Stop and think about that for just a moment. It is hard to think about. And, many of us have friends and loved ones who have succumbed to the disease, even recently. They were diagnosed too soon to be saved. Why? Well, partly because lung cancer is a really tricky disease. You often don’t have symptoms until you have only months left to live. So, doctors are faced with an uphill battle because late-stage cancer is really difficult to treat.
Another reason why we are still losing way too many of those diagnosed with lung cancer is because it is so very severely underfunded. Researchers are making such tremendous progress in finding new ways to treat this insidious disease, but they are limited by the lack of money available to them. It boggles my mind to think about what they could be doing if they had the kind of money that breast cancer or prostate cancer gets each year.
So, the purpose of this post is two-fold. First, I want to thank everyone who generously gives to help fund research. You are quite literally lifesavers. If not for your heart and your help, people like me would not have had cutting-edge therapies to try when chemotherapy quit working. Thank you, thank you, thank you! From the bottom of my heart, thank you!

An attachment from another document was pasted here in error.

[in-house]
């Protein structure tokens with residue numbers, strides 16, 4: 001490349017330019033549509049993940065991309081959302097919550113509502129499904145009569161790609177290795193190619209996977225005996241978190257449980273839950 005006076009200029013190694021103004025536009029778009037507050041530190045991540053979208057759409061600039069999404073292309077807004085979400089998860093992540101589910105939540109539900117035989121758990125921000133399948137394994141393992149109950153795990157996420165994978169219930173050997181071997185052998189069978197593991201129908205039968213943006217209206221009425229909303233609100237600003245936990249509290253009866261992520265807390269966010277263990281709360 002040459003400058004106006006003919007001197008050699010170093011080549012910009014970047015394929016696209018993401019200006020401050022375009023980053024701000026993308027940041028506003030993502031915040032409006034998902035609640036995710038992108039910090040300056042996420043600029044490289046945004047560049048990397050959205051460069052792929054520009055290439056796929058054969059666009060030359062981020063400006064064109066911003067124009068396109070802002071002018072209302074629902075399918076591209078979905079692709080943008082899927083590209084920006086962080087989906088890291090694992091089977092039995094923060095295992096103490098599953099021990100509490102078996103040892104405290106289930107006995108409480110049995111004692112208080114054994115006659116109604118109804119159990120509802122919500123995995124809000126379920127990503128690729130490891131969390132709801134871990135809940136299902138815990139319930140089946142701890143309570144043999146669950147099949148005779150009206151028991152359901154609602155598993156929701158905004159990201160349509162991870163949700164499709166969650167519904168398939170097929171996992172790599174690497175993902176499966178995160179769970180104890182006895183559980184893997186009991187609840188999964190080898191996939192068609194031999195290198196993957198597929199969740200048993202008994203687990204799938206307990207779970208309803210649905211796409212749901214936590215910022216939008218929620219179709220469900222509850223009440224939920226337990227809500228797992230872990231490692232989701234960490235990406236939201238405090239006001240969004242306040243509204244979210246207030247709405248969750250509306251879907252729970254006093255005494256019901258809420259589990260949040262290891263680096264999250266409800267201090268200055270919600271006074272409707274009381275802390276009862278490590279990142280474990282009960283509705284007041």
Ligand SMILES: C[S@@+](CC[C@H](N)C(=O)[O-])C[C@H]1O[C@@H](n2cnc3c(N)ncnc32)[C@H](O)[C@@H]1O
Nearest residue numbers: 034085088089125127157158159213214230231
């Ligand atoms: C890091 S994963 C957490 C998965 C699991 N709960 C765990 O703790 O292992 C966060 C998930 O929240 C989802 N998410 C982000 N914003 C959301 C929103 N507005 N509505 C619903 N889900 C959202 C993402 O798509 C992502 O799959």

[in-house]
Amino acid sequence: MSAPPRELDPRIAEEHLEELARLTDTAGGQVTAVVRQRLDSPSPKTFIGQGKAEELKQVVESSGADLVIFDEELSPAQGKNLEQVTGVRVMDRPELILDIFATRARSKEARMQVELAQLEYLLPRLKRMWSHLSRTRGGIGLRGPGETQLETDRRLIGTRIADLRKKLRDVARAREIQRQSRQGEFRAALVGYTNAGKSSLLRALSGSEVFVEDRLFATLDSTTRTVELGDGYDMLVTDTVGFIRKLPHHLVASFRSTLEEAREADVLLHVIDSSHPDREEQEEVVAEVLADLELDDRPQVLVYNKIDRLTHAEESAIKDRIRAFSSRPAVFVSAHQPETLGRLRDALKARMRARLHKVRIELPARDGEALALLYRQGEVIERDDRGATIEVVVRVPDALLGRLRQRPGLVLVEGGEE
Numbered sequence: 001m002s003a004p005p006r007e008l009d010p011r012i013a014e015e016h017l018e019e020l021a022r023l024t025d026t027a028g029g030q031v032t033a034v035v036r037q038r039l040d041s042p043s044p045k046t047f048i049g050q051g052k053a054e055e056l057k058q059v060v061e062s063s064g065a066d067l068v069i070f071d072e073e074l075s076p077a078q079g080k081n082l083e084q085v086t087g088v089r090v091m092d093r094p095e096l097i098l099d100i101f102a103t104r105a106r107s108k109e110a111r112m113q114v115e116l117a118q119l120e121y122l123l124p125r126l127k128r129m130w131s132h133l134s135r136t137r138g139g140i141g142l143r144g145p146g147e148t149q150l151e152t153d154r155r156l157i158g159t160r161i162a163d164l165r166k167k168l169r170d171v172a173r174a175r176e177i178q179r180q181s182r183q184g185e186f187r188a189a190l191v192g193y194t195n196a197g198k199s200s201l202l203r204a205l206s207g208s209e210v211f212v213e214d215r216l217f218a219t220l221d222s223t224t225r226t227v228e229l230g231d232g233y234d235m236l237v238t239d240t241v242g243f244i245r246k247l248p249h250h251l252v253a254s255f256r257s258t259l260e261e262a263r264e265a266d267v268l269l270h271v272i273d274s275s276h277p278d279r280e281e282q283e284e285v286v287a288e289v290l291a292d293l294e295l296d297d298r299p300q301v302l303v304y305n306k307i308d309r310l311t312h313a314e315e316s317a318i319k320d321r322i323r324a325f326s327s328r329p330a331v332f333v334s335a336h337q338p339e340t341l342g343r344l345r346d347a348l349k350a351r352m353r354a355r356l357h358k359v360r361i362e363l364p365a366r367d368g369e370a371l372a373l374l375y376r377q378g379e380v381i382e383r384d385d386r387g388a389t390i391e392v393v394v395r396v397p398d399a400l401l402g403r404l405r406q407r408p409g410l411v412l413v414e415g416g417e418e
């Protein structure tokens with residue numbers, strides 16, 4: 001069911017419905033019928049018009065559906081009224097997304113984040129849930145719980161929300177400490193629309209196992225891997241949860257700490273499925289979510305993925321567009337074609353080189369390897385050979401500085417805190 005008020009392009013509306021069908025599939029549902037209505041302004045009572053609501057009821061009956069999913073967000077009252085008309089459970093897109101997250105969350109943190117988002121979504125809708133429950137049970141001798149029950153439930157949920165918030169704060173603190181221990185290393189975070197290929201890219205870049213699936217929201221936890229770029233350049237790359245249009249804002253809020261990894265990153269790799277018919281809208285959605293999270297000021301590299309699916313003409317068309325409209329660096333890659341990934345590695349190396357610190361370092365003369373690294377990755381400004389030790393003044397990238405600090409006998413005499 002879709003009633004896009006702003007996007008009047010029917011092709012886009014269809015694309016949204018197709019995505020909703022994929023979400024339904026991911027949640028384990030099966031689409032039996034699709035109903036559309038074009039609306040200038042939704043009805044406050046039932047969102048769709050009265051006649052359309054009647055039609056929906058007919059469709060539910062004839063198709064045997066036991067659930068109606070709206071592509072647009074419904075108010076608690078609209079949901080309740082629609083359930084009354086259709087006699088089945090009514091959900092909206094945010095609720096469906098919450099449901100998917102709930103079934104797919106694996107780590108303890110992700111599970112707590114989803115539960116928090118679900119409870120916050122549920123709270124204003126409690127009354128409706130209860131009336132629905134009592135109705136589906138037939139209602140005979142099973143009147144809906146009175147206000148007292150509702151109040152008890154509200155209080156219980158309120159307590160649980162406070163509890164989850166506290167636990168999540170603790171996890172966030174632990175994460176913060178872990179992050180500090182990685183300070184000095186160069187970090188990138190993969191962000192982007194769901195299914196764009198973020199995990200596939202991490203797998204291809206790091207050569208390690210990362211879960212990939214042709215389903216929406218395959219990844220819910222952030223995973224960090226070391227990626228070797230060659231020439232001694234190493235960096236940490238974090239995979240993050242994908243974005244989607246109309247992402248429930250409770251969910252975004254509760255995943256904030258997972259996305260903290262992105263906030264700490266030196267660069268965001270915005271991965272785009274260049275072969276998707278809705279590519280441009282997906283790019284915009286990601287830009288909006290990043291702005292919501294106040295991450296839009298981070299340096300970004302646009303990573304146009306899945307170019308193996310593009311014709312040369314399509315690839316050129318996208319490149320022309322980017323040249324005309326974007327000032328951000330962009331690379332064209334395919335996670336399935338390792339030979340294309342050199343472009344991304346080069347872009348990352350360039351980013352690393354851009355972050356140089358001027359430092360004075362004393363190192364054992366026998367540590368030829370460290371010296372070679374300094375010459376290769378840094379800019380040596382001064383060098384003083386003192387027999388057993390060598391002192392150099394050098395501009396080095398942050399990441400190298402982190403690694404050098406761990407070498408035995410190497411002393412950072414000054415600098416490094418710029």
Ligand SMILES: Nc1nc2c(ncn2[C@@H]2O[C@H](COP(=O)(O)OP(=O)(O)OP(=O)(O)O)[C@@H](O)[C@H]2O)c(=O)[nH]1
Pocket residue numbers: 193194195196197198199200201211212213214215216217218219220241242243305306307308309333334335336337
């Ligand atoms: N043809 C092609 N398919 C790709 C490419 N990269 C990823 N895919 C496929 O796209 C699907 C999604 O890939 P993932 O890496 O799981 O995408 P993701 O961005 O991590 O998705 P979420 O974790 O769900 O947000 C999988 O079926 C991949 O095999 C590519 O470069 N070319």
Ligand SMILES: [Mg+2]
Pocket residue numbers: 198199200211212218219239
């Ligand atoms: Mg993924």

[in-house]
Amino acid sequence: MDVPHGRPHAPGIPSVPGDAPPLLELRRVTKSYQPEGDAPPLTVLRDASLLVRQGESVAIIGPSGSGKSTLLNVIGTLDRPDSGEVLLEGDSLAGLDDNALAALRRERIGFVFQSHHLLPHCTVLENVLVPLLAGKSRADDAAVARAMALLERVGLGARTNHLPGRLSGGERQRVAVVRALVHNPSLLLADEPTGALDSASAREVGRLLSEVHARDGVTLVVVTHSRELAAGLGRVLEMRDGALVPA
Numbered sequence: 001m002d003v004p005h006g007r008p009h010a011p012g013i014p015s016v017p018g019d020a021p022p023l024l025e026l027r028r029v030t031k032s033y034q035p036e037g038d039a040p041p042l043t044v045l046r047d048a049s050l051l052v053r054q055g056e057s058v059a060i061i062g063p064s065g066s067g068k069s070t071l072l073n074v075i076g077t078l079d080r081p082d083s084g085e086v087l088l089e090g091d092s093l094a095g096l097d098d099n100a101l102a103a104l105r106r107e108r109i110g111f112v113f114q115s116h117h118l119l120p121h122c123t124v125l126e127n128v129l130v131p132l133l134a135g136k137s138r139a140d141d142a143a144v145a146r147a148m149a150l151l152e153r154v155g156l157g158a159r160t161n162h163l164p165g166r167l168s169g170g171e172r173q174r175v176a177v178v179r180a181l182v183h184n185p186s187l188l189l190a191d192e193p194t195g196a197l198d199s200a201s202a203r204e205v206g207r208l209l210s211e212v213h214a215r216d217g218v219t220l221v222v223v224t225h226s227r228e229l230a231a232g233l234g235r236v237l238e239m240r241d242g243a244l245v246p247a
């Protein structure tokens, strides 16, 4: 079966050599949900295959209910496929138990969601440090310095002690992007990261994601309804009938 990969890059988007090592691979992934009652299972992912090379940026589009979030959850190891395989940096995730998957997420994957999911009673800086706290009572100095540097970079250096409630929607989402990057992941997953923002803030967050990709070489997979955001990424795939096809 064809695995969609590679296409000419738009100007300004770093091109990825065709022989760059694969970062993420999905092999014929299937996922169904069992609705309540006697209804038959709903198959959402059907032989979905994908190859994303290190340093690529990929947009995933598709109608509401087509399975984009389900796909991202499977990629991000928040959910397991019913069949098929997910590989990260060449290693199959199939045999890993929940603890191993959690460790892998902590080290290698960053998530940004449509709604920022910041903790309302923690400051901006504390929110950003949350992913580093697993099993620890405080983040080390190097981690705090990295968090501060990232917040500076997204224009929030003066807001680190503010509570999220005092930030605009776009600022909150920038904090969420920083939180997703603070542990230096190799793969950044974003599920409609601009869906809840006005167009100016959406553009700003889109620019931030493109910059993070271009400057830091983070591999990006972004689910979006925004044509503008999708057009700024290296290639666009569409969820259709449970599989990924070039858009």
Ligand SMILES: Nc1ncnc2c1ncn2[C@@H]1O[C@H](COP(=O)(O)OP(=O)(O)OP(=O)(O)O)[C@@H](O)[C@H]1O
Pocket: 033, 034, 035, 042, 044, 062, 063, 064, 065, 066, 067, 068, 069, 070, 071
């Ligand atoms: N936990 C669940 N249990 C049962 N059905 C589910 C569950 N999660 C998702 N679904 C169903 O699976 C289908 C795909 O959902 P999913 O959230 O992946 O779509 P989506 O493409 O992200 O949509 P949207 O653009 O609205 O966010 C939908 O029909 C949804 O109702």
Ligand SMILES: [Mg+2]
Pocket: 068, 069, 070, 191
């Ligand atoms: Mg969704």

The second is that I want to encourage everyone to give to lung cancer research. It doesn’t have to be much. If everyone I know gave only $5 or $10, it would add up to a reasonable amount of money. If they shared with their friends and their friends gave only $5 or $10, the cost of a Starbucks and a donut, the funding would begin to snowball and just think of where we might be in finding … dare I say … cures … or, at least, therapies that could help treat this disease as a chronic illness instead of the killer it still is.
It hurts my feelings and boggles my mind that I have so much trouble getting people to give to this cause. It hurts my feelings because I take it very personally. It’s MY LIFE I am advocating for! Opdivo is keeping me alive right now. But, when it quits working, there is not another treatment for me to try. Selfishly, I want researchers well-funded so that I have some more options when that time comes.
It boggles my mind because even those who contact me and want me to pray for or talk to a loved one of theirs who has been diagnosed don’t give toward finding better therapies. If not those who either have someone living with or who has died from lung cancer, then who can we expect to help fund life-saving research?
Where can you donate? A few of the foundations that I support are:
LUNGevity (if there is a way to designate that you’re donating on my behalf, please do!)